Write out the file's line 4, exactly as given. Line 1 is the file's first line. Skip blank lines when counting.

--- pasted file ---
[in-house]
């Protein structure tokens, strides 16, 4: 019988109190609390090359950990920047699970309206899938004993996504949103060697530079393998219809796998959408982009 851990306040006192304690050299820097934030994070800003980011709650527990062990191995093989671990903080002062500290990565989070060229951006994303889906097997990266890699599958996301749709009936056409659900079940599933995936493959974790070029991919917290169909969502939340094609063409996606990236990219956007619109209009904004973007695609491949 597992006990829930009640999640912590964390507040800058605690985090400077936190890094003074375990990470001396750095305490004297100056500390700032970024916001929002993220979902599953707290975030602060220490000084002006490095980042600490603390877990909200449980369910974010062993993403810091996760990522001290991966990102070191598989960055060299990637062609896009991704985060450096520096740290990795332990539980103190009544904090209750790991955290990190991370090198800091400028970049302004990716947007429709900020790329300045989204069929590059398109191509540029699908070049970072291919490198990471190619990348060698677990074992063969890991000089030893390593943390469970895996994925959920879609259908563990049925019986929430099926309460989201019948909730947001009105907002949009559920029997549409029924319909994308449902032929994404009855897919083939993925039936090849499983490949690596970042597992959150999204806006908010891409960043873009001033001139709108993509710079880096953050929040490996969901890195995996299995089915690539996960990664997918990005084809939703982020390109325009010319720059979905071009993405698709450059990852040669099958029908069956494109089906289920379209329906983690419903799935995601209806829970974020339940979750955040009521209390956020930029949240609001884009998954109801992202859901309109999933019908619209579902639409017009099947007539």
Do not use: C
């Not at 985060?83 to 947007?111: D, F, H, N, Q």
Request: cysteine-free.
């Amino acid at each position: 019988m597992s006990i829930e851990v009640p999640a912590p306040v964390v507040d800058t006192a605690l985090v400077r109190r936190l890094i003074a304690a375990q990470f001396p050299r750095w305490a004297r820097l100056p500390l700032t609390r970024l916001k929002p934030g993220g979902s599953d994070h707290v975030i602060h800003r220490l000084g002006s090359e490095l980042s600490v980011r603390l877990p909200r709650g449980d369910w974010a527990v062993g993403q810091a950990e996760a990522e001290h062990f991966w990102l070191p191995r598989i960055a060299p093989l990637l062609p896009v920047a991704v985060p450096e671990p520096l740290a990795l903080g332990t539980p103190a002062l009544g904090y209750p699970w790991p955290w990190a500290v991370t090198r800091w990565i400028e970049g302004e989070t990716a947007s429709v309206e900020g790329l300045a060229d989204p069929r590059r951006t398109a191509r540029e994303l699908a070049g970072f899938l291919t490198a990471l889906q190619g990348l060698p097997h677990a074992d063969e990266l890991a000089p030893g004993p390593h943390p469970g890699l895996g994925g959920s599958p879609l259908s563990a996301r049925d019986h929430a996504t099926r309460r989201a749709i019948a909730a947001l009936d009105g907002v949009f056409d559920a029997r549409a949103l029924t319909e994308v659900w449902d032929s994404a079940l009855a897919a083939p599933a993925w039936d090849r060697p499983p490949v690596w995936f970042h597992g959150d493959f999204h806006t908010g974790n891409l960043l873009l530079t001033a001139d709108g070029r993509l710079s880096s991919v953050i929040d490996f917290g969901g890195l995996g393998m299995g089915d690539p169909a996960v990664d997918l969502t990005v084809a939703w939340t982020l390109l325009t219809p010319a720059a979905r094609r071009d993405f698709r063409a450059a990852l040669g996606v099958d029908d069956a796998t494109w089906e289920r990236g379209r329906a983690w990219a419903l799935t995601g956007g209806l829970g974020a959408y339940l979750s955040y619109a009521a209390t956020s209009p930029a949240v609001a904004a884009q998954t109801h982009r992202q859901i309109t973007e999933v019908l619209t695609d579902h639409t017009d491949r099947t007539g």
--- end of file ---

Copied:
């Not at 985060?83 to 947007?111: D, F, H, N, Q």